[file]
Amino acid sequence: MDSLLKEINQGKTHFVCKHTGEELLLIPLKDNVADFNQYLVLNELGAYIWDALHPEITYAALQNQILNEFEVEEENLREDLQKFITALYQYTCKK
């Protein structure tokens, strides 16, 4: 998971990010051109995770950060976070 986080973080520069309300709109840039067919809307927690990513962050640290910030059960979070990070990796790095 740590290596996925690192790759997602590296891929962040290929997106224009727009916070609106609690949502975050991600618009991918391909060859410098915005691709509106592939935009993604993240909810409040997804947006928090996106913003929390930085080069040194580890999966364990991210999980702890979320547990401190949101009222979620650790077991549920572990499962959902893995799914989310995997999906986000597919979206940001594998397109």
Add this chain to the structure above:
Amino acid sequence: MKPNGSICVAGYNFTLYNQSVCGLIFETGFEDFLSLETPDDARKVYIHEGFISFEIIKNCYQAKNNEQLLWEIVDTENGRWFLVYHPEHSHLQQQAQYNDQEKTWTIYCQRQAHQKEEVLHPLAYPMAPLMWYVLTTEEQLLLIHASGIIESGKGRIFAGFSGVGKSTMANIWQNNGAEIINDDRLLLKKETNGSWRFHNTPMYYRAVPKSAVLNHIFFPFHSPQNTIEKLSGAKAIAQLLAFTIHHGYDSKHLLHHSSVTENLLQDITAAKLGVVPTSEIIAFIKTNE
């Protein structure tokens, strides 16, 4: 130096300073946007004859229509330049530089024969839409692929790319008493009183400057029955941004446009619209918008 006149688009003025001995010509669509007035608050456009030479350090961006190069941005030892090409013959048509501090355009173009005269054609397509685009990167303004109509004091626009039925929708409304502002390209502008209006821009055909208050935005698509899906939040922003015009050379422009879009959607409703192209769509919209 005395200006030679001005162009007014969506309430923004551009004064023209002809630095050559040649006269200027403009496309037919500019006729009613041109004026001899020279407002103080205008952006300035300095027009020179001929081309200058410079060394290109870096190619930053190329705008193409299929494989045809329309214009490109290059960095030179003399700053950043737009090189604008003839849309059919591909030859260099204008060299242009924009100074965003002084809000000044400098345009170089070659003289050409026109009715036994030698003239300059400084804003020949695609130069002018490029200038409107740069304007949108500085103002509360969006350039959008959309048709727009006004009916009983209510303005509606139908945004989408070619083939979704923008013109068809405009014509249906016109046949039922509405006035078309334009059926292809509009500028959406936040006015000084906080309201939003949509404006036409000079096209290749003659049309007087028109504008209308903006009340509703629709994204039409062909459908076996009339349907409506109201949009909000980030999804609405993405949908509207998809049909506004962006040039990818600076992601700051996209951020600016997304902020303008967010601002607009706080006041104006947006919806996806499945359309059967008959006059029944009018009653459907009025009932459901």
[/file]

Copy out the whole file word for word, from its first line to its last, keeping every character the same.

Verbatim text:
Amino acid sequence: MDSLLKEINQGKTHFVCKHTGEELLLIPLKDNVADFNQYLVLNELGAYIWDALHPEITYAALQNQILNEFEVEEENLREDLQKFITALYQYTCKK
């Protein structure tokens, strides 16, 4: 998971990010051109995770950060976070 986080973080520069309300709109840039067919809307927690990513962050640290910030059960979070990070990796790095 740590290596996925690192790759997602590296891929962040290929997106224009727009916070609106609690949502975050991600618009991918391909060859410098915005691709509106592939935009993604993240909810409040997804947006928090996106913003929390930085080069040194580890999966364990991210999980702890979320547990401190949101009222979620650790077991549920572990499962959902893995799914989310995997999906986000597919979206940001594998397109």
Add this chain to the structure above:
Amino acid sequence: MKPNGSICVAGYNFTLYNQSVCGLIFETGFEDFLSLETPDDARKVYIHEGFISFEIIKNCYQAKNNEQLLWEIVDTENGRWFLVYHPEHSHLQQQAQYNDQEKTWTIYCQRQAHQKEEVLHPLAYPMAPLMWYVLTTEEQLLLIHASGIIESGKGRIFAGFSGVGKSTMANIWQNNGAEIINDDRLLLKKETNGSWRFHNTPMYYRAVPKSAVLNHIFFPFHSPQNTIEKLSGAKAIAQLLAFTIHHGYDSKHLLHHSSVTENLLQDITAAKLGVVPTSEIIAFIKTNE
């Protein structure tokens, strides 16, 4: 130096300073946007004859229509330049530089024969839409692929790319008493009183400057029955941004446009619209918008 006149688009003025001995010509669509007035608050456009030479350090961006190069941005030892090409013959048509501090355009173009005269054609397509685009990167303004109509004091626009039925929708409304502002390209502008209006821009055909208050935005698509899906939040922003015009050379422009879009959607409703192209769509919209 005395200006030679001005162009007014969506309430923004551009004064023209002809630095050559040649006269200027403009496309037919500019006729009613041109004026001899020279407002103080205008952006300035300095027009020179001929081309200058410079060394290109870096190619930053190329705008193409299929494989045809329309214009490109290059960095030179003399700053950043737009090189604008003839849309059919591909030859260099204008060299242009924009100074965003002084809000000044400098345009170089070659003289050409026109009715036994030698003239300059400084804003020949695609130069002018490029200038409107740069304007949108500085103002509360969006350039959008959309048709727009006004009916009983209510303005509606139908945004989408070619083939979704923008013109068809405009014509249906016109046949039922509405006035078309334009059926292809509009500028959406936040006015000084906080309201939003949509404006036409000079096209290749003659049309007087028109504008209308903006009340509703629709994204039409062909459908076996009339349907409506109201949009909000980030999804609405993405949908509207998809049909506004962006040039990818600076992601700051996209951020600016997304902020303008967010601002607009706080006041104006947006919806996806499945359309059967008959006059029944009018009653459907009025009932459901």